I...left to investigate their house in a low-rent neighborhood with dirt streets. One room with two windows open in the heat, burnished to silver-gray by the winds and fogs of the Minor Sea and raised on wooden posts. It smelled of fish. Their porch was a wooden box. A shed behind the house served them—and their neighbors—as privy. Inside were a fireplace, two beds shoved against opposite walls, a table, one chair, and a cupboard. There were a few baskets, one with dirty clothes, and a tin pail. I didn't see a lamp, and I didn't find candles. The only signs of food were crumbs and mouse scat. The fireplace was equipped with an iron truss, a kettle, and a pot. Under one bed, I found the leather case holding Aetref's lute. There were two, small, leather satchels, which resisted my efforts at spying, and that was the whole of their belongings and squalid life. There were no signs of female habitation or visitation.
The foliage of the beech hedgerow in May were pure optimism, bright and young. Come August they were a reverent green, as deep as the North American pines. How those leaves told the story of the seasons, the return of colour followed by the strong browns of its winter wands.
Tears rolled down, wetting every part of her cheek. Her eyes pleaded for Succor and help, albeit that she knew no one was coming. There was only darkness as her own demons haunted and strangled her. She was suffocating. In the pain of abandonment she almost forgot how to feel. She desired amnesia so that all this suffering could fade away, fade and allow memories of laughter to soothe her, to restore peace in her life.
One morning, in social study class, the teacher explained the term, “Dysfunctional families.” Marshall sat up in his desk. That description fit his family perfectly. All the hype through the years about happy families at Thanksgiving and Christmas left him empty, sad. Those two holidays were even worse for his family, and he dreaded them to heart sickness. He knew exactly what would happen. His dad would drink even more. More than once, his dad brought drinking buddies home for “thanksgiving dinner.” This “thanksgiving” dinner was a “usual” meal, with the exception that his mom said a prayer. Why? What did she or any of the family have to be thankful for? How could his mom be thankful for such confusion, and yelling and screaming? How could anyone thank a God who allowed such misery? When he was younger, Marshall had to stay at home for the long nights of discontent on Thanksgiving and Christmas. Now that he was older, he could grab his coat and hit the streets. It was cold out, and his jacket was thin. However, it was quiet in the downtown park.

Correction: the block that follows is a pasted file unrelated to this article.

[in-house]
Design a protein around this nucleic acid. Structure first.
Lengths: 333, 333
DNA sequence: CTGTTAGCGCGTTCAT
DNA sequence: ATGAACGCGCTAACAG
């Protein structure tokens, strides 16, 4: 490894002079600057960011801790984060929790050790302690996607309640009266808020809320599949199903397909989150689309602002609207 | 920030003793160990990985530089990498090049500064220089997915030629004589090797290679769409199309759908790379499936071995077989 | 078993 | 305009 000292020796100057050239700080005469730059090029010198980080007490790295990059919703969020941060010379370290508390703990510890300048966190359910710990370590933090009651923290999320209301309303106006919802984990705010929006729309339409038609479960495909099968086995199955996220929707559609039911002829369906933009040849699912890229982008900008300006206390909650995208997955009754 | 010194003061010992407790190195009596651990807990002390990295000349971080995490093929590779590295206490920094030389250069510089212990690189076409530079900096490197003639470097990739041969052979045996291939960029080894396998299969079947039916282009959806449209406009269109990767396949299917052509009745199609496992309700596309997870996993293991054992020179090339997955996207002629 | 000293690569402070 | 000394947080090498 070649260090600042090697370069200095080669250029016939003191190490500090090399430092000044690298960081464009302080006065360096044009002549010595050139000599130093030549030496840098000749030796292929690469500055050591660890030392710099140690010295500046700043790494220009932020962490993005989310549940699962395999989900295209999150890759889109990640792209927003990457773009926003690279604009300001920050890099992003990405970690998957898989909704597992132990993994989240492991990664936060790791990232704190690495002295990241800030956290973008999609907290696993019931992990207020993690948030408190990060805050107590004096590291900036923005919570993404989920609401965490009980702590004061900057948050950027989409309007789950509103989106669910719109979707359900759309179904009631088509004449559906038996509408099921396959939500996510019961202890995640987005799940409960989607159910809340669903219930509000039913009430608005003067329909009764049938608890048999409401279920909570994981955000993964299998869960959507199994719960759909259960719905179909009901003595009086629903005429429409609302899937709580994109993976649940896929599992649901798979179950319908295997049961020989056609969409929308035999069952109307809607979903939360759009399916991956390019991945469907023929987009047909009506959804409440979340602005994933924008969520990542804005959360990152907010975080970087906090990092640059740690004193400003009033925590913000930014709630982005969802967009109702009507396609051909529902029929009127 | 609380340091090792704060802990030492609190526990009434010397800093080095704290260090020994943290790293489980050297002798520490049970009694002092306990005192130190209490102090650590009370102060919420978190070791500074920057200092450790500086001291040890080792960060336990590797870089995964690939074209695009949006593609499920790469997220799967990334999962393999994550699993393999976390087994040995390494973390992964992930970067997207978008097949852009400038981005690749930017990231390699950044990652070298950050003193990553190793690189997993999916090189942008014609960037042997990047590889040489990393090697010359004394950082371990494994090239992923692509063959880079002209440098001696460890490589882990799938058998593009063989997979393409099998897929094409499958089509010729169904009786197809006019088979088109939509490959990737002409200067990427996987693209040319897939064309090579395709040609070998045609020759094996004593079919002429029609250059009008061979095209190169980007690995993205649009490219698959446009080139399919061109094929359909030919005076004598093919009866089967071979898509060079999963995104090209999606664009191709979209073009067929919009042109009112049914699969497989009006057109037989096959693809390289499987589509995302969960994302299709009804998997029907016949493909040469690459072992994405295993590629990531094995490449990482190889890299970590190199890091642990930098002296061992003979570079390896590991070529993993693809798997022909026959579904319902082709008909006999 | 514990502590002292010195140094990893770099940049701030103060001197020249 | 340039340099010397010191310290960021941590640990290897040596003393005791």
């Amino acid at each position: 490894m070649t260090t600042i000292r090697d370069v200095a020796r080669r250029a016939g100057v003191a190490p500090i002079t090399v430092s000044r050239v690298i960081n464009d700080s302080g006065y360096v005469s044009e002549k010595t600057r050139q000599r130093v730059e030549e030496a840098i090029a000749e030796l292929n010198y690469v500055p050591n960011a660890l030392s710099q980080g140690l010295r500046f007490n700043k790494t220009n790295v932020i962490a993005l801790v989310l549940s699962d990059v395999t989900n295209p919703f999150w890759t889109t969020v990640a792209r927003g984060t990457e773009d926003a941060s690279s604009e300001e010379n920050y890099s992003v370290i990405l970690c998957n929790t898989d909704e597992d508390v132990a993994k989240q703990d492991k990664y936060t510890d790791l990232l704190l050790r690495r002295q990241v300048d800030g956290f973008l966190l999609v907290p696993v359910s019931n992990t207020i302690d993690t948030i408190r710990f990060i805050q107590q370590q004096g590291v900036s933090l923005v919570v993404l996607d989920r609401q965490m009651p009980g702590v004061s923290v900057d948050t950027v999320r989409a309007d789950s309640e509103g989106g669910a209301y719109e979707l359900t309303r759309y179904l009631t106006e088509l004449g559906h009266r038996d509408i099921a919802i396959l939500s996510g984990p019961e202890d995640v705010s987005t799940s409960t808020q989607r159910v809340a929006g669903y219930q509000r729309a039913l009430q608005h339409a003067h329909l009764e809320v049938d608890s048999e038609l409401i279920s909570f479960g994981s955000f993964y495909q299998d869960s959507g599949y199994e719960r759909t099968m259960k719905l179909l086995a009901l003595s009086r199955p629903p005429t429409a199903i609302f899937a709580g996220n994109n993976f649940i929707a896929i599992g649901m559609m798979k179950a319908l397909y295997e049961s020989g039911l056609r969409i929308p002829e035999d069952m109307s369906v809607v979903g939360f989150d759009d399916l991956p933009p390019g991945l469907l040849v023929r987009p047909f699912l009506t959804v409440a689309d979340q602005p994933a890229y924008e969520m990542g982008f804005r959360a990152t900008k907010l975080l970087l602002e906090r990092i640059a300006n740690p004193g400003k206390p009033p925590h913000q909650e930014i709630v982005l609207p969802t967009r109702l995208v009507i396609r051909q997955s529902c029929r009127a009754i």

At every level society, from the personal to the international scale, treaties are a falsehood where a power imbalances exist; thus true peace cannot exist, only more and less violent forms of war, and this fact is key to evolving our era. Thus to rid ourselves of the money-nexus, to establish a society run with love as first principle, is a prerequisite of true peace.
Until there is equity of access to resources necessary for a comfortable and happy standard of living that respects the sanctity and rights of each person of our planet, we cannot say that we have truly learnt the lessons of all black lives matter. And in so doing, in lifting up all the poor of every ethnicity, in the giving of dignity, in the acknowledgement of their full humanity, there are the seeds of world peace. Love is always our answer. Not the soppy kind of love though. Not that. But the "I'd give my life for yours" kind of love. And that, my friends, isn't the ceiling, it's the minimum requirement.
There is more to every story,
Or so I have heard them saying.
I always gaze into the infinity of the sky,
Observing the sky change its hues at different times of the day,
Seeking answers to a particular paradoxical question -
What about them?
I think in a state of haze.
Are they really happy?
Maybe we are misunderstanding everything;
Maybe they are in the wrong places;
Maybe, they want their fates to change.
Maybe, all that we perceive is them deceiving us.
Maybe, out there is an enigma
Full of anomalies and conundrums -
An obscure love story,
of Apollo and Selene.
Maybe they are in love
But can’t make it past their differences;
Maybe they are lost,
And have strayed from the path
That leads them to each other.
Maybe the dusk and dawn
are their surreal infinities;
Maybe they set and rise,
not for the world,
but for each other.
Maybe the stars glittering,
in the oblivion of the dark night,
are the tears that Selene sheds.
Maybe, Apollo makes the sun burn,
in his jealous rage,
since everyone but him can admire her grandeur.
Maybe the eclipse is the time when
One’s love overpowers the other’s
To create an amalgam of untold stories,
None of us will ever hear.
Maybe those spots on the moon are the impressions
Apollo’s lonely heart has suffered.
Maybe when the thunder sound fulminates
In the foggy, clouded sky,
It is Selene crying to the heavens, mourning in agony.
When the sun gleams through the canopies,
We rejoice, Placing it adjacent to many heavenly pleasures.
But maybe, above there, past the clouds
the two just hurt inside.
Maybe they are grieving,
Alone in the wilderness of their kingdoms,
Unnerved at the thought
of how long it would take for everything to fall into place.
‘Romeo and Juliet’ was a classic literature love,
But this is so much more -
Love that is pure and heavenly;
Love that is silent,
Yet speaks out so loud and clear.
Love, not the whole world could witness.